Patient monitors: a segment poised for growth and innovation

May 19, 2016
by Lauren Dubinsky, Senior Reporter
Wearable monitoring technology has increasingly become a fixture in health IT headlines, and the number of companies that want to demonstrate the value of their wearables in the clinical setting has also grown. While industry experts readily acknowledge the potential of these solutions to improve care, they generally regard it as a market in its infancy. However, with a few medical-grade wearables like VitalConnect’s VitalPatch and iRhythm’s ZIO XT Patch on the market, there may be a day when patients will no longer be tethered to monitors. But a few technical challenges, such as ensuring the wireless network is reliable, will need to be ironed out first.

While wearables are the flashiest technology on the market, the traditional patient monitors have undergone some significant advancement in recent years. They can be integrated with a hospital’s EMR, monitor end tidal CO2 and be paired with clinical decision support tools to make sure the clinicians get the most useful information.

No strings attached
“I think that the monitoring package will become wireless, will become smaller, will become less of a hindrance to patients, and probably provide more information,” says Dr. Steven Steinhubl, director of digital medicine at Scripps Health. Scripps Health has conducted a number of studies investigating the usefulness of wearables for certain indications. Scripps launched a home-based clinical trial in November that uses the ZIO XT Patch to identify people with asymptomatic atrial fibrillation.

The study will span three years, and so far the researchers have enrolled about 300 participants out of the targeted 2,000. Their goal is to see if they can screen people in the general population without having them come to the hospital.

The ZIO XT Patch is worn as an adhesive patch on the chest and it continuously records heartbeats for up to 14 days. Traditionally, Holter monitors are used for this purpose, which involves wires and ECG leads, and the patient has to wear a box on their belt. “[The ZIO XT Patch] is much easier, much more convenient and [provides much] more information for [the] patient’s heart rhythm,” says Steinhubl.

Wireless wearable sensors made it into ECRI’s Top 10 Hospital C-Suite Watch List for 2016. ECRI thinks that wearables could have real-world benefits in outpatient settings for 24-hour monitoring for chronic conditions like Alzheimer’s disease, diabetes, epilepsy, cardiac arrhythmias, heart failure and pressure ulcer development. ECRI has observed that certain wearable sensors have been approved by third-party insurance companies to replace the Holter monitor for home ECG recording.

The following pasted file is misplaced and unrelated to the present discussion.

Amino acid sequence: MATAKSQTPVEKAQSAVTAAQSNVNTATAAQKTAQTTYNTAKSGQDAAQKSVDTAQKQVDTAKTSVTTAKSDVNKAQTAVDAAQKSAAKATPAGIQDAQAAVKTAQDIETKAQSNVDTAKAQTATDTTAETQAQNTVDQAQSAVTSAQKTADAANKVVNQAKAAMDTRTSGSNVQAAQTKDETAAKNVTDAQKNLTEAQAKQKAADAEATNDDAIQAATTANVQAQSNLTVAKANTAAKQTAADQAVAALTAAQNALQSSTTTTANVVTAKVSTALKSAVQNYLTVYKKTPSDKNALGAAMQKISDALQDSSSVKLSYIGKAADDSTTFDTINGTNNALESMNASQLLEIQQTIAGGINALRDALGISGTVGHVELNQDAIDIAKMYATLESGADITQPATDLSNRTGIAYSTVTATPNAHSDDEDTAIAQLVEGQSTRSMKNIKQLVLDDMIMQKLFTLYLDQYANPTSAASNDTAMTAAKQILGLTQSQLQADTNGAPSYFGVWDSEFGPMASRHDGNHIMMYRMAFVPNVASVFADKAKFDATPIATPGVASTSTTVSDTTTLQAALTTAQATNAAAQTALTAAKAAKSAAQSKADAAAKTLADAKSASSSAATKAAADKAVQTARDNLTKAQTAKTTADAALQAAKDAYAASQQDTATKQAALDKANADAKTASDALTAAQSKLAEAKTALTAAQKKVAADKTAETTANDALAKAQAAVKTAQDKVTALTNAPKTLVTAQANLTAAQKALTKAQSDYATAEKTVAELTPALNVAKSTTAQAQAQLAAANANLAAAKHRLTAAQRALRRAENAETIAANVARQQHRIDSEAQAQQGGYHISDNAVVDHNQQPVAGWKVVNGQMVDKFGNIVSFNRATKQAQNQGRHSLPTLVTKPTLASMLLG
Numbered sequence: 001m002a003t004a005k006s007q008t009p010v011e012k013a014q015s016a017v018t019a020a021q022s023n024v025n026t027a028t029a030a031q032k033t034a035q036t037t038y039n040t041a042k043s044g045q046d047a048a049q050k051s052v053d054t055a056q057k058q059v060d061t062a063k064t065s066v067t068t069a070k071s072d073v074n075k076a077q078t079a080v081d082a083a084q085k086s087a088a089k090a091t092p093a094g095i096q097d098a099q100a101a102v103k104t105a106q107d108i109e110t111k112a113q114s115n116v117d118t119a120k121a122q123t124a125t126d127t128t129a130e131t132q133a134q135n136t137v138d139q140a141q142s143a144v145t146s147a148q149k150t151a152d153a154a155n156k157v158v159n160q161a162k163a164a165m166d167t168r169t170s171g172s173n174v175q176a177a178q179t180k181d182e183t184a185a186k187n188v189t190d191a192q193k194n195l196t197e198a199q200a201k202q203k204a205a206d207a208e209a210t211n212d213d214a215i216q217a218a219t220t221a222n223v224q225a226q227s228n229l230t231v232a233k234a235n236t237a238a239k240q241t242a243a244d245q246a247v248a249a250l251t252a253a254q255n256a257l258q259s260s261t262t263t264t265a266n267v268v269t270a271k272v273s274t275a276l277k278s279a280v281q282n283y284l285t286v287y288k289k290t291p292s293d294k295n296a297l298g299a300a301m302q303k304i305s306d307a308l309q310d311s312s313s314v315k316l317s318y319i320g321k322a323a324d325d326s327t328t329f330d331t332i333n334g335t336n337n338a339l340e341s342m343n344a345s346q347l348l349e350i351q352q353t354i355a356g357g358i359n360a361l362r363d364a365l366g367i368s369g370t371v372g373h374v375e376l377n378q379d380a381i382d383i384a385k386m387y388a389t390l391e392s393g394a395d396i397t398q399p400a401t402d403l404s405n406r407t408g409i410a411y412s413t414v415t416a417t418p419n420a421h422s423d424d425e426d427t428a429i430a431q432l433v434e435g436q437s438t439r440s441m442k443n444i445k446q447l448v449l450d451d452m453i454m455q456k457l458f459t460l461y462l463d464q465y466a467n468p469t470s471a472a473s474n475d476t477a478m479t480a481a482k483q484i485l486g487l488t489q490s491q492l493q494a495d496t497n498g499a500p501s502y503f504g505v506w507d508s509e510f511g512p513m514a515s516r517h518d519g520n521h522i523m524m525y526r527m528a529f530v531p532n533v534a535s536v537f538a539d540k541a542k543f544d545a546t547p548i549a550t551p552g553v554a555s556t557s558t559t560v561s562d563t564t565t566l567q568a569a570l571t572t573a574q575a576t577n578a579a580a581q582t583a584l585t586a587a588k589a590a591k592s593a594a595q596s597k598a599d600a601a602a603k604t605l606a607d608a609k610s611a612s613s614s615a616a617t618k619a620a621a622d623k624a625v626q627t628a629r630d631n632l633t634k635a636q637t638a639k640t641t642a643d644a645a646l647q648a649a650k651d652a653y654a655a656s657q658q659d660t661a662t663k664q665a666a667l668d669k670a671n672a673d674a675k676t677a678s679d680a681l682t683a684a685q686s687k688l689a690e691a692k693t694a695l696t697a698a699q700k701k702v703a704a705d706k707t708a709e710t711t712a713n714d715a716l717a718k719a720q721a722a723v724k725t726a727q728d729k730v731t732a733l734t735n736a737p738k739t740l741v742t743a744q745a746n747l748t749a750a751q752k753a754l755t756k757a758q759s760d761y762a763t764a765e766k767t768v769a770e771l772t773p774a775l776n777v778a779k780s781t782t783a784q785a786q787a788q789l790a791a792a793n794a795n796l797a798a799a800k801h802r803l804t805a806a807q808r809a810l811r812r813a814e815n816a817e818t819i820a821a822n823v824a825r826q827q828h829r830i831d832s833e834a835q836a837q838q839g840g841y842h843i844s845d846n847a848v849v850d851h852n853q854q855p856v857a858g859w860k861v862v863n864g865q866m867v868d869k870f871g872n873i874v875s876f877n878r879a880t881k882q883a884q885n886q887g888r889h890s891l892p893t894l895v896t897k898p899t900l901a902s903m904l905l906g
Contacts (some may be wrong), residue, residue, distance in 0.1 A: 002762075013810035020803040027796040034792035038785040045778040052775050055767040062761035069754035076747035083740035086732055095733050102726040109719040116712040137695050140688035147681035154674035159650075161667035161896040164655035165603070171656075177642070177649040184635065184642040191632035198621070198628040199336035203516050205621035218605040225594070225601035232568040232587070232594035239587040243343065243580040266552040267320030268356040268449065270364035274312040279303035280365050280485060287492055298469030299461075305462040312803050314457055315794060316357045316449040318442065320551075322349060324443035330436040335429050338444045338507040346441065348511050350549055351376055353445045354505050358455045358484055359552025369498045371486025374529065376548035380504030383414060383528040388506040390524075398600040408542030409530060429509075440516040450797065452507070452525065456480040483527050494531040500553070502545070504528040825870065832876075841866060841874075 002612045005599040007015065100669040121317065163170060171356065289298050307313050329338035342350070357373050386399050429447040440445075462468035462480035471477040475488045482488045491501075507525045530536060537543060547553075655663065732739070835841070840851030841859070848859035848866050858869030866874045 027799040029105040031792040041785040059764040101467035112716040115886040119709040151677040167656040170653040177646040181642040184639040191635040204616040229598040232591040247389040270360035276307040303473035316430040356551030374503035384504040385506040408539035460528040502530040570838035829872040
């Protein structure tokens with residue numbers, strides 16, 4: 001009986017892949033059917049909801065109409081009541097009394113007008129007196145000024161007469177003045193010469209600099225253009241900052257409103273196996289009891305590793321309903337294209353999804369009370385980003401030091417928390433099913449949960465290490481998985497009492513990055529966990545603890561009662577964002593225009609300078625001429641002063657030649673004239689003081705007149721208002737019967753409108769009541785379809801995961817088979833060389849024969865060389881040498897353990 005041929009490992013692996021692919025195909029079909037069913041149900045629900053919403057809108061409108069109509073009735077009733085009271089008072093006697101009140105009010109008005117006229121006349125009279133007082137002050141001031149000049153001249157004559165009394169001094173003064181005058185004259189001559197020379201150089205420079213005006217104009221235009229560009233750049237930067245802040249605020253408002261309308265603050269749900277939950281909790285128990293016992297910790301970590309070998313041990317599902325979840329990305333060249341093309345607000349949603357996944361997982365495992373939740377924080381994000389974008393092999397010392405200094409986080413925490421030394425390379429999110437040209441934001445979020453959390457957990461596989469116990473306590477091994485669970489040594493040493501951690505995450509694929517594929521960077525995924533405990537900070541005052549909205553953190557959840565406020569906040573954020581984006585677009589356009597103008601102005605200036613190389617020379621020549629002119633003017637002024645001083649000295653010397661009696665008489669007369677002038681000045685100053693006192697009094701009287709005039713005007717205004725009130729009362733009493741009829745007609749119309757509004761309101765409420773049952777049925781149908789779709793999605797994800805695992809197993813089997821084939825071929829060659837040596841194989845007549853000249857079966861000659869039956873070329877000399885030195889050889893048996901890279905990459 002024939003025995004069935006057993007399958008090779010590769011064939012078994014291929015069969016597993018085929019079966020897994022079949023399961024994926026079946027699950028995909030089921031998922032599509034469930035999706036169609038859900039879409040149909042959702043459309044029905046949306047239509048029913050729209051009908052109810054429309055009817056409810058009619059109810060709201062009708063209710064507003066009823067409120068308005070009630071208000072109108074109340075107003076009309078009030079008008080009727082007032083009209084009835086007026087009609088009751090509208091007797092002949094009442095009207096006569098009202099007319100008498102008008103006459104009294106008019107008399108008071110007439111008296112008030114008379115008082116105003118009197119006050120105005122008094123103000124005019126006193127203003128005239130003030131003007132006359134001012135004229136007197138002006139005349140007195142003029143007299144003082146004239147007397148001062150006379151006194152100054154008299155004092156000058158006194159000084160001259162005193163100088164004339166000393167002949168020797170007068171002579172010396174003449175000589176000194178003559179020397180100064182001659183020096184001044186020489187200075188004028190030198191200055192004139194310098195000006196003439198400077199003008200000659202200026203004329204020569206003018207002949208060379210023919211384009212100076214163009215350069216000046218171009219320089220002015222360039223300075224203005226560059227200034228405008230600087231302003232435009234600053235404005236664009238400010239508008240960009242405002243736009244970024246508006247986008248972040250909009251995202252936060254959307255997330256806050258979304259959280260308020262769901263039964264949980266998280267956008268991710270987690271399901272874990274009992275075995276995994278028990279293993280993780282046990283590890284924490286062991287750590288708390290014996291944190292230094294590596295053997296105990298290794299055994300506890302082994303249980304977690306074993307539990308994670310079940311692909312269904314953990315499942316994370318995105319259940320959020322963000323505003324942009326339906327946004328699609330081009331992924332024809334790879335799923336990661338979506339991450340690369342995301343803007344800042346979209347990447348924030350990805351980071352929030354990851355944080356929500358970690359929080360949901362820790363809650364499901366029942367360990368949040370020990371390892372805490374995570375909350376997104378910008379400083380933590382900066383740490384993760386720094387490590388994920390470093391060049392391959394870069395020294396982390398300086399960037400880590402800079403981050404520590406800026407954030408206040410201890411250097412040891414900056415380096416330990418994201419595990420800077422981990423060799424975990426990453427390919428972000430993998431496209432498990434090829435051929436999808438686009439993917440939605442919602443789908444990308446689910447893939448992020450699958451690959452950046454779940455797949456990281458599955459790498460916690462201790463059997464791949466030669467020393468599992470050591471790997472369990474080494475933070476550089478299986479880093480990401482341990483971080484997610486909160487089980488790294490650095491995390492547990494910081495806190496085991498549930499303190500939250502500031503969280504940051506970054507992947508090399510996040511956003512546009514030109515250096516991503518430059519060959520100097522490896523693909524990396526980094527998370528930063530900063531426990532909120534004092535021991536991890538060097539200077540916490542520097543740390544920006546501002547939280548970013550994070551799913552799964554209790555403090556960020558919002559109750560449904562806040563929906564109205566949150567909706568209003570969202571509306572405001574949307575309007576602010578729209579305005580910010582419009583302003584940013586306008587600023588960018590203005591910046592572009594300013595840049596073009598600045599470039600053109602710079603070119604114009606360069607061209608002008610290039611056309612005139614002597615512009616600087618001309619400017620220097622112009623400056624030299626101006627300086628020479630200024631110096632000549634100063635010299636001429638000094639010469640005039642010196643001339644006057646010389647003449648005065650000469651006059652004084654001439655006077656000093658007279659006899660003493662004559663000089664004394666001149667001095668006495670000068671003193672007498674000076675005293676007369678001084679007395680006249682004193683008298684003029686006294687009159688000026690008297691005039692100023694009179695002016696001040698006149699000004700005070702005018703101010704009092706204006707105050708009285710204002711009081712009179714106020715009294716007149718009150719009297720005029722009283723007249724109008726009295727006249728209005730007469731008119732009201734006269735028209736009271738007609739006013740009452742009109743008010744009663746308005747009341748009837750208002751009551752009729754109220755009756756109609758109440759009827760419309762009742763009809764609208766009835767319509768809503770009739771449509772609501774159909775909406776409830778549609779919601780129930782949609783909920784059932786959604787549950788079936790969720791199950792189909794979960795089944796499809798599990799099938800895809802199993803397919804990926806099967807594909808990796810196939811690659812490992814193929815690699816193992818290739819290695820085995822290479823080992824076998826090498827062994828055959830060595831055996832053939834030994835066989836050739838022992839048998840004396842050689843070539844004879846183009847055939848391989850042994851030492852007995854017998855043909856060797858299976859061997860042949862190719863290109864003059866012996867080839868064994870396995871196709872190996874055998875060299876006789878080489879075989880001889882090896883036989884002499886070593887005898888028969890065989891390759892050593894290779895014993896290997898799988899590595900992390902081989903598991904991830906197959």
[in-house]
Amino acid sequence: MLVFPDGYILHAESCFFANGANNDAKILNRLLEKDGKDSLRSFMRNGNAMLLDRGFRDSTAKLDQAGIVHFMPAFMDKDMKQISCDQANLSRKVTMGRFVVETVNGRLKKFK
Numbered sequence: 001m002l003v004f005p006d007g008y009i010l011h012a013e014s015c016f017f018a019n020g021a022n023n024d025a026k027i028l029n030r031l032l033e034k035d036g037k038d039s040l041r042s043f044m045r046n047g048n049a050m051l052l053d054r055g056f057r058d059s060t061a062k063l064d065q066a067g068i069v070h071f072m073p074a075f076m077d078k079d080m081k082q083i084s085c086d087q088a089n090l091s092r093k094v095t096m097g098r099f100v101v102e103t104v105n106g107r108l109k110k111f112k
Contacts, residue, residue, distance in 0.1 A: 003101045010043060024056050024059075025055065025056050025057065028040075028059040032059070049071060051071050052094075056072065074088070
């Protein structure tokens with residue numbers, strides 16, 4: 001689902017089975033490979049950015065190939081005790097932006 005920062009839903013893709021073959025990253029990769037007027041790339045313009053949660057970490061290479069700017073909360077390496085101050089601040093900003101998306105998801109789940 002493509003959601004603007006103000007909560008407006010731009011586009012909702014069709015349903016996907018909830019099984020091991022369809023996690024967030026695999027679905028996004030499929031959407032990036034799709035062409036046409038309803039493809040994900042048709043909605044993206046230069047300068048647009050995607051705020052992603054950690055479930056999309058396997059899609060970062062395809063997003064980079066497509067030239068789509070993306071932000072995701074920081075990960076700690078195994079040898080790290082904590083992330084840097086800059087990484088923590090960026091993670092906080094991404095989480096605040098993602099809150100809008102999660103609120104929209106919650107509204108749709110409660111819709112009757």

MD Buyline also believes that wearables hold promise for outpatient settings. “I think that patients who have traditionally been in the hospital to be monitored will have the option of being monitored from home,” says Brandi Crow, clinical analyst at MD Buyline. Hospitals are looking into medication adherence monitoring and blood glucose monitoring so they can get a good profile on how the patient is responding to different medications, and then be able to trend it.

Also, in the case of heart failure patients who weren’t adherent to their diet and had too much sodium, the doctor can receive alerts about that and address it before patients are readmitted. “The whole goal is to keep people out of the hospital. It seems like the hospital would want that, but with reimbursement and value-based care, it is changing everything,” says Crow.

Not ready to take over
Wearables are exciting, but they aren’t advanced enough yet to take over the turf of traditional monitors. The most that wearables can do is monitor heart rate, respiratory rate and ECG, but in an inpatient setting you need to also be able to monitor end tidal CO2. “Traditional patient monitors that are mounted on the wall, plugged into a centralized system — they can monitor a lot more parameters than the wearable sensors that are being offered right now,” says Kerry Riek, associate in the applied solution group at ECRI.

The reliability of the wireless network is also a concern for high-acuity patients in particular. “There is a chance that a wireless signal can drop out and I’m not sure how robust redundancy is for wireless networks in hospitals,” says Riek. For now, there seems to mainly be an interest in using wearables as a supplemental technology for lower-acuity monitoring and helping nurses with some of their tasks. VitalConnect’s VitalPatch, which is a Band-Aidlike, disposable wearable, was designed for those purposes.